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# Law of Motion:

( )
= =
d
F mv mA
dt

To use the equation, must be able to mathematically represent both sides of the
equation

RHS Kinematics: describing motion mathematically , , r v A

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Particle Kinematics
mass constant
op
r r =

e op
e op e p
d r
v v v
dt
= = =

observer watches how a particular
position vector changes in both
magnitude AND direction

If base point fixed in frame of differentiation, drop it from notation

e a
e p a p
d r d R
v v
dt dt
= = =

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e a
e op a op
d r d r
v v
dt dt
= = =

same vector -- different observer
e a
e qp a qp
d R d R
v v
dt dt
= = =

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Correspondingly,

implies
e e e e p
e p
d d r d v
A
dt dt dt
| |
=
|
\ .

a e p a a p
e p a p
d v d v
A A
dt dt
= = =

Law of Motion:

i p
F m A =

Derivative must be taken in inertial frame but inertial frame

is not always a convenient working frame

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frame MUST be inertial
second derivative of a
position vector with terminal
point at p and
base point fixed in

i
"working" frame -- set of unit vectors in
which , , r v A are expressed
When frame of differentiation and working frame are not the same, use

Basic Kinematic Equation (BKE)

Let Q be any vector that we wish to differentiate

a b
a b
d Q d Q
Q
dt dt
e = +

Infinite variety of unit vectors can be used as working frames. Some standard sets
have emerged.

Standard sets may be convenient but are NOT required.

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Rate of change of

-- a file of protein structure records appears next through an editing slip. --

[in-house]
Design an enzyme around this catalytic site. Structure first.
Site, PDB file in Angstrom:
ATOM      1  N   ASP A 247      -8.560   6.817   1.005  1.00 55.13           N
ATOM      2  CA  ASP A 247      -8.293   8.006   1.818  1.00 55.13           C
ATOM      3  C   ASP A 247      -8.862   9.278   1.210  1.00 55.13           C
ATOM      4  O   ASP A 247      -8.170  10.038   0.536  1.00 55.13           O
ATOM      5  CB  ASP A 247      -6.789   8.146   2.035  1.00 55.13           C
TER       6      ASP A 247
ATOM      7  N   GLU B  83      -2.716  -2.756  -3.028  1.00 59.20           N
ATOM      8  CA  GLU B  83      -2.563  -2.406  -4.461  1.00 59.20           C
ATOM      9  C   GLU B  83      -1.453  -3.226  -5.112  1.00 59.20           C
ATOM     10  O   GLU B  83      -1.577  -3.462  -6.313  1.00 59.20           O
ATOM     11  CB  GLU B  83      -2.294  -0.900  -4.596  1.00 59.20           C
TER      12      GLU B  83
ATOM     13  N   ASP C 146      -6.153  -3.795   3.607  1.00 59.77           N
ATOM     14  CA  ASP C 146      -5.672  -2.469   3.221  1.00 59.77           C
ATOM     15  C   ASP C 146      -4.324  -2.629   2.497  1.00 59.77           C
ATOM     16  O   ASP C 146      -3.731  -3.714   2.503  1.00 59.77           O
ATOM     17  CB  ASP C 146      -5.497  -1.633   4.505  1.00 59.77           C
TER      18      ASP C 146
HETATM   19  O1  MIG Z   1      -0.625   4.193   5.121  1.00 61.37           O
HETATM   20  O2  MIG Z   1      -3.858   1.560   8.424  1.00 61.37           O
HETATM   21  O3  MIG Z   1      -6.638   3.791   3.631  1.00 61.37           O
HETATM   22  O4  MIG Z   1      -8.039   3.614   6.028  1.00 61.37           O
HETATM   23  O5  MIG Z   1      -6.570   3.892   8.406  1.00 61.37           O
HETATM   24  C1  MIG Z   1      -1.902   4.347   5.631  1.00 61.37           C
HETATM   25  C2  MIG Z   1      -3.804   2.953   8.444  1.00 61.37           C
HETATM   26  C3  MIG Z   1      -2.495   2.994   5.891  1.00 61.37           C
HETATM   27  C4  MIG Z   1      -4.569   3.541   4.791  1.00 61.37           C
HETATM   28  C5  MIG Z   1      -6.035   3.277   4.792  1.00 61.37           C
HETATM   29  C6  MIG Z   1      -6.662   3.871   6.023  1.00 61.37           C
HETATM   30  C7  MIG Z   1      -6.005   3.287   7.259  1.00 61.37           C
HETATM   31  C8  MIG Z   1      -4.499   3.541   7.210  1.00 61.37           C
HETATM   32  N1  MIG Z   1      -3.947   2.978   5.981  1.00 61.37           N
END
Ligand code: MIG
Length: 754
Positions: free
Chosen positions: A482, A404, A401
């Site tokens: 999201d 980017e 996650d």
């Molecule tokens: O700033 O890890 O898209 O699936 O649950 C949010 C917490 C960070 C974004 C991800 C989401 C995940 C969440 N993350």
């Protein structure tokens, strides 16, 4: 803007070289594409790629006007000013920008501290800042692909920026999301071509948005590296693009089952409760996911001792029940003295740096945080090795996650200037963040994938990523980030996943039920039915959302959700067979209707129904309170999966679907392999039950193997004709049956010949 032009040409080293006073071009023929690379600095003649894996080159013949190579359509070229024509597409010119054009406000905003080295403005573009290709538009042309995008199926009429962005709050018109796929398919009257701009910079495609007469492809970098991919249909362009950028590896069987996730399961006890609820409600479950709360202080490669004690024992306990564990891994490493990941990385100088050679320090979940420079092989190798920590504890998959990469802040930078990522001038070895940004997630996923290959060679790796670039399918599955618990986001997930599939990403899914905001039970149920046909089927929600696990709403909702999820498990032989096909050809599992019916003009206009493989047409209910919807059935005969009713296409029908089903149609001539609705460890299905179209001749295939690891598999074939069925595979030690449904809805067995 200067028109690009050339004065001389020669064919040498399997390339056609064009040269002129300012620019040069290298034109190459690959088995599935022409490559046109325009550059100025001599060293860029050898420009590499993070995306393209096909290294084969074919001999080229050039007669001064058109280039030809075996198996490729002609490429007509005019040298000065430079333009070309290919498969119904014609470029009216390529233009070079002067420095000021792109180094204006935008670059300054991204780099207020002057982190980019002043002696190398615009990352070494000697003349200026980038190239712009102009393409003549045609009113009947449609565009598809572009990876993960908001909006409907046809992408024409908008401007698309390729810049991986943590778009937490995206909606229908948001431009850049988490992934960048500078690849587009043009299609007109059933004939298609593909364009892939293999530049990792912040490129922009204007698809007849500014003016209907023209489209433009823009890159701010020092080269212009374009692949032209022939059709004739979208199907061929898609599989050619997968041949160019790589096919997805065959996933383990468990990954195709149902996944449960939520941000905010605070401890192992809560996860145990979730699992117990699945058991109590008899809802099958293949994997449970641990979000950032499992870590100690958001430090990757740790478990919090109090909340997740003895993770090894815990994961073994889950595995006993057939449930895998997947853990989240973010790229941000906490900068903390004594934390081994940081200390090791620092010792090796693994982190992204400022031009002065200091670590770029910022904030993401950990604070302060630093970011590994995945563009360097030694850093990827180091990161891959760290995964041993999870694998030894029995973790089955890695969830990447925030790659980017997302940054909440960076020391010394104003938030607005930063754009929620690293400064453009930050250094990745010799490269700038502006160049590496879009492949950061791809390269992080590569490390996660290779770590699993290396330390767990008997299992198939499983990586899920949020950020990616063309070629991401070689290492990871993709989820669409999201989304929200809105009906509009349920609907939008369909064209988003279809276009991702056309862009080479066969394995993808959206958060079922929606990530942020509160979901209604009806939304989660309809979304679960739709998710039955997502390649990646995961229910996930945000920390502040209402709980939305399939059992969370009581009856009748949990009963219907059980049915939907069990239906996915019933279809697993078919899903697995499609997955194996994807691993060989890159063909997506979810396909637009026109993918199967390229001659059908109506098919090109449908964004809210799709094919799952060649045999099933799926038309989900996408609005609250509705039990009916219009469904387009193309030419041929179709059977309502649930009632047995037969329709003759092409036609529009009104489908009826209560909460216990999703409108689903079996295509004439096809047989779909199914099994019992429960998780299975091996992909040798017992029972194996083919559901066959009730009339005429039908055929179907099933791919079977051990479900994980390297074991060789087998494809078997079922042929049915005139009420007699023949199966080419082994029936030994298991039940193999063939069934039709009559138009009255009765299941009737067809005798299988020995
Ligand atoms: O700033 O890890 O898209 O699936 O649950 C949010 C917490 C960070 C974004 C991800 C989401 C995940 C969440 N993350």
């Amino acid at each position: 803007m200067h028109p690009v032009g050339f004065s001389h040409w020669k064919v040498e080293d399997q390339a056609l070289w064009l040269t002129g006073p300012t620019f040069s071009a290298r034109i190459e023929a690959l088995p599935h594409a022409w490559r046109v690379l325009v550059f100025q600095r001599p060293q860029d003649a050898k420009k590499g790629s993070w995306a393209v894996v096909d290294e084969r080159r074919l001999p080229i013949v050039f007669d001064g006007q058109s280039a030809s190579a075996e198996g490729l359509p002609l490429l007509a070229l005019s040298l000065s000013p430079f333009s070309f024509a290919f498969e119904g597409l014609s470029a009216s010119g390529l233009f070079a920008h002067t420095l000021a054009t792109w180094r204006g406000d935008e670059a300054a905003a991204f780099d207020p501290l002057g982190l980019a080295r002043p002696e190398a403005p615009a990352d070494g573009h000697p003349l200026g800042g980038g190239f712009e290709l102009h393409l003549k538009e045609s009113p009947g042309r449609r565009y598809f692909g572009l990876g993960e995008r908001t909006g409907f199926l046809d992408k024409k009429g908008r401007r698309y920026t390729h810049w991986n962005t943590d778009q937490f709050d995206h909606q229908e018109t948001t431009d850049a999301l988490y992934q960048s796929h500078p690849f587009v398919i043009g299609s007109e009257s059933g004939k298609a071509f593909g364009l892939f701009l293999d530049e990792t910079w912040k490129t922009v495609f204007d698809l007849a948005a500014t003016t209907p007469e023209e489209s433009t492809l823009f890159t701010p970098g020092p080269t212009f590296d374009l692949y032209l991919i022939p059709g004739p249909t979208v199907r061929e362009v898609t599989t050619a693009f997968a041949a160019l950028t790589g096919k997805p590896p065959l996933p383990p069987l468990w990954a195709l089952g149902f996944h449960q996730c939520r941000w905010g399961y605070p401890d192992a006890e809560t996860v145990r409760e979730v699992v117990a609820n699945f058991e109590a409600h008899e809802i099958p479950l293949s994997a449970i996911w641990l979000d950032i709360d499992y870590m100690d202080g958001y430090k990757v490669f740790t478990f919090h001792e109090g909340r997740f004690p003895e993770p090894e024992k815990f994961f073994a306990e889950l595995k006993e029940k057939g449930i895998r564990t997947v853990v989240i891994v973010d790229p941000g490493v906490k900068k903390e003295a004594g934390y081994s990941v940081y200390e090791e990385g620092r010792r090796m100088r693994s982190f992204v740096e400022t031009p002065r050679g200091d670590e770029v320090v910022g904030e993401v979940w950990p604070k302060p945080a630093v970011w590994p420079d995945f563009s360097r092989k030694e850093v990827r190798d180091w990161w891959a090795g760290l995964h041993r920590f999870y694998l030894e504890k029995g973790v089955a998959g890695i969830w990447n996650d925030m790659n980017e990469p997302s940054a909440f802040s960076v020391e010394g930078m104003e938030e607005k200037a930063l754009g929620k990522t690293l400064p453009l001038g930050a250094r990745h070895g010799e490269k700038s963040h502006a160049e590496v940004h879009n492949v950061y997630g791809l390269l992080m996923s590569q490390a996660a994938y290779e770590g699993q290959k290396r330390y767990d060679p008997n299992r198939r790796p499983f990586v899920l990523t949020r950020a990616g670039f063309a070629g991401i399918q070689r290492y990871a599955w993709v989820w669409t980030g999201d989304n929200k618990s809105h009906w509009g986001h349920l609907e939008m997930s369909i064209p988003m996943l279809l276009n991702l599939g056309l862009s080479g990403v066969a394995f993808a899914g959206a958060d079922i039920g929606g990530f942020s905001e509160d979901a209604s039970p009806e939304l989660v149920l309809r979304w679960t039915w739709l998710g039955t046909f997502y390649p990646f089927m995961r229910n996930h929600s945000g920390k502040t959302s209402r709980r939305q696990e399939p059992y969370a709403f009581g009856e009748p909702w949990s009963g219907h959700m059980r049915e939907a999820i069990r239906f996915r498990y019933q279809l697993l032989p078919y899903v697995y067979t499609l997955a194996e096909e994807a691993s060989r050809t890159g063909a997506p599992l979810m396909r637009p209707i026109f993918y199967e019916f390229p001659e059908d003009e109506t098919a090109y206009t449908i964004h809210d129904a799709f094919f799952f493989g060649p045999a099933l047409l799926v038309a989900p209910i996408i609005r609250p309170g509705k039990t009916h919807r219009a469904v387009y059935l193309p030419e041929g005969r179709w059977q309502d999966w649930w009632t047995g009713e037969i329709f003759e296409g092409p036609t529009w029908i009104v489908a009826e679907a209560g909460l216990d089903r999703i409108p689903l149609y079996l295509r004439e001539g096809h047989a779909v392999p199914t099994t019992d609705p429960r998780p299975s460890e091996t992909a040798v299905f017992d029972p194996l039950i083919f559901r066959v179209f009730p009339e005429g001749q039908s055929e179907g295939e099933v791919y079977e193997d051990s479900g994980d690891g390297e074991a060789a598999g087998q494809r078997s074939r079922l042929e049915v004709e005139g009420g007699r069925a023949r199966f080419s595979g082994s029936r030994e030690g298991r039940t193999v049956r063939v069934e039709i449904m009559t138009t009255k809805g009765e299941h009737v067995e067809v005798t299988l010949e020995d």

Q as seen in a
Rate of change of Q
as seen in

b
angular velocity of

b
wrt a
Example I. Cartesian (Rectangular) Coordinates e

Use e to generate math descriptions of the kinematic quantities:
position, velocity, acceleration

Define 3 scalar quantities that can be used to identify location of P (3 distances)

variables: x, y, z

Define the motion of the working frame e

e : inertial

x y z
r x e y e z e = + +

e
e p
d r
v
d t
=

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mathematical description of
position o p in terms of
Cartesian coordinates
r expressed in same frame in
which position will be
differentiated (no need for BKE)

e p
x y z
v x e y e z e = + +

e e p
e p
d v
A
d t
=
e p
v already expressed in e (no need for BKE)

e p
x y z
A x e y e z e = + +

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Example II. Cylindrical Coordinates u

Assume that e is an inertial frame but u is the working frame

Describe location of P (2 distances, 1 angle)

variables: R, u , z

Define the motion of the working frame u wrt the inertial frame e

z z
u e =

e u
z
u e u =
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R z
r Ru z u = +

e u
e p e u
d r d r
v r
d t d t
e = = +

( )

R z R z z
Ru z u Ru z u u u
( = + + +

e p
R z
v Ru R u z u
u
u = + +

e e p u e p
e p e u e p
d v d v
A v
d t d t
e = = +

( )
( )

R z
z R z
R u u z u
R R
u R u R u z u
u
u
u u
u u
= + +
+
(
+ + +

( ) ( )
2

2
e p
R z
A u u z u
R R R R
u
u u u
= + +
+

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same
velocity
same
acceleration

Example III. Spherical Coordinates a

Assume that e is an inertial frame but a is the working frame

Describe location of P (1 distance, 2 angles)

variables: r, u , |

Define the motion of the working frame a wrt the inertial frame e

a : rotates such that
parallel to

r
r
a r
a u
a a a
u u
| u

e a e u u a
z
u a
u
e e e u | = + = +
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r
r r a =

e a
e p e a
d r d r
v r
d t d t
e = = +

sin
e p
r
v r a r a r a
u |
u | | = + +

e e p a e p
e p e a e p
d v d v
A v
d t d t
e = = +

( ) ( )
( )
2 2 2 2

sin 2 sin cos

e p
r
A a a
r r r r r r
a
r r r
|
u
| u | u | u | |
u | u | u| |
= +
+
+
+ +

still same
velocity
same
acceleration
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